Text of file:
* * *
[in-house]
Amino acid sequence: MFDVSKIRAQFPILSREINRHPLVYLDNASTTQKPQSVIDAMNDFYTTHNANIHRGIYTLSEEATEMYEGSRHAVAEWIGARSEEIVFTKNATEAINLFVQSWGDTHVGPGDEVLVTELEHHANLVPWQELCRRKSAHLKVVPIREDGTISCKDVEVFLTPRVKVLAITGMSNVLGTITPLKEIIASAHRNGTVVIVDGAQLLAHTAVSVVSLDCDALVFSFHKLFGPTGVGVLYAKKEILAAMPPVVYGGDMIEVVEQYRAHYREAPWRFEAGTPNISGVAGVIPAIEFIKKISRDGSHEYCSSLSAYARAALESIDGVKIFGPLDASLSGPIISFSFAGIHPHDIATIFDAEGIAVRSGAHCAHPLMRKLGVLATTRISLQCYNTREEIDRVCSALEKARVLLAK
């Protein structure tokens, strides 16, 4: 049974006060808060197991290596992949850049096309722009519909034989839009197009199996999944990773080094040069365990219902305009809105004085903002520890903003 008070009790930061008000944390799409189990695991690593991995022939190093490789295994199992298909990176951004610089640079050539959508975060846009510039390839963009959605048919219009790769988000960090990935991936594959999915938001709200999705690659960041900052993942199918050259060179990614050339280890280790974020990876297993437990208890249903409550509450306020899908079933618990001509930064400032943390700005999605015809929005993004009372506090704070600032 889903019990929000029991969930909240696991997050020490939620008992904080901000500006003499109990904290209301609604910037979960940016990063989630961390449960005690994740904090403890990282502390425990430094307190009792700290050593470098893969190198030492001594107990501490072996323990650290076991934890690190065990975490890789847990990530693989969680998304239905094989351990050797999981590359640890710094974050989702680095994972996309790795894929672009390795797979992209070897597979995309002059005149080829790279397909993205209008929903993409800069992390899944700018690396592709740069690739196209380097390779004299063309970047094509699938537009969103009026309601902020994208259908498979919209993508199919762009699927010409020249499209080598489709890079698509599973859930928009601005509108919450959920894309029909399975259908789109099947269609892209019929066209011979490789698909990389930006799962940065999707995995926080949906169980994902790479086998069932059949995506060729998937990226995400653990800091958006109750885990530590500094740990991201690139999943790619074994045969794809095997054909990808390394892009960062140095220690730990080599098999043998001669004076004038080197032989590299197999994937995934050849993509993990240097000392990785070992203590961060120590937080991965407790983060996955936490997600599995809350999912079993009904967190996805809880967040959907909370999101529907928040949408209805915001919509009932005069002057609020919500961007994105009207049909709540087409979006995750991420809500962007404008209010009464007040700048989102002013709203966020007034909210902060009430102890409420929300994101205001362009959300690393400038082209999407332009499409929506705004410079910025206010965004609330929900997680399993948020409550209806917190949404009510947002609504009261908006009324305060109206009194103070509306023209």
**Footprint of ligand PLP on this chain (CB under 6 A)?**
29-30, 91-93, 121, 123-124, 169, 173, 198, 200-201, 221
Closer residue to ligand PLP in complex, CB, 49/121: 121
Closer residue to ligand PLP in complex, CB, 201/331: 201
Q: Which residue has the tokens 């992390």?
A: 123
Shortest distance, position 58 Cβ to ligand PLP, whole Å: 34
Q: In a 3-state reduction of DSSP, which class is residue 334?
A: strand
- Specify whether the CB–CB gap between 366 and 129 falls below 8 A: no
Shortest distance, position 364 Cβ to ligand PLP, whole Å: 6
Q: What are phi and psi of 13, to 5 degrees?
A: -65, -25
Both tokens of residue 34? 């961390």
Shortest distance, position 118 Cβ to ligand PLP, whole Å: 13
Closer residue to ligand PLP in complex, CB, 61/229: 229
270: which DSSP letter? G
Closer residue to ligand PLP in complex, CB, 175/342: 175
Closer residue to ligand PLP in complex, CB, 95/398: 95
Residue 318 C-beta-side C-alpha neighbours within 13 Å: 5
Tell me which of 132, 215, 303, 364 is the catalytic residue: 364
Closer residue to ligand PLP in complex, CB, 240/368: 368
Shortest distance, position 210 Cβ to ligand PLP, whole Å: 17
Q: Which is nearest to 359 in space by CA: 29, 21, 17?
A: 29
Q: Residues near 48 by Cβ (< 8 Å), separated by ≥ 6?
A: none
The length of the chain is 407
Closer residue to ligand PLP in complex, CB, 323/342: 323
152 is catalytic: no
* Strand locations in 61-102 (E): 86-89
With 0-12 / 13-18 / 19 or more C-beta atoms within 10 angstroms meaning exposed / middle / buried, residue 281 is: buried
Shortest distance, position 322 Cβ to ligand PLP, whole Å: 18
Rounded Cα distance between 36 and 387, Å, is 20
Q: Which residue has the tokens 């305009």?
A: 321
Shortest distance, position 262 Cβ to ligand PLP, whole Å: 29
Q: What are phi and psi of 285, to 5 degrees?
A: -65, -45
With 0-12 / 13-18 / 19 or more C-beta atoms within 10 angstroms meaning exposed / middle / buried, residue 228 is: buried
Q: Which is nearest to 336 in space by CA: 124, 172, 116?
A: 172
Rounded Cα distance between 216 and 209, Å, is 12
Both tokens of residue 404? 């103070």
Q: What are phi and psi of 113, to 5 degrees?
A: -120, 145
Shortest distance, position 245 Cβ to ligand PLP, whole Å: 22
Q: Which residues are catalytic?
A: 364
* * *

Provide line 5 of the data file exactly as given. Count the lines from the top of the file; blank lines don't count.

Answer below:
29-30, 91-93, 121, 123-124, 169, 173, 198, 200-201, 221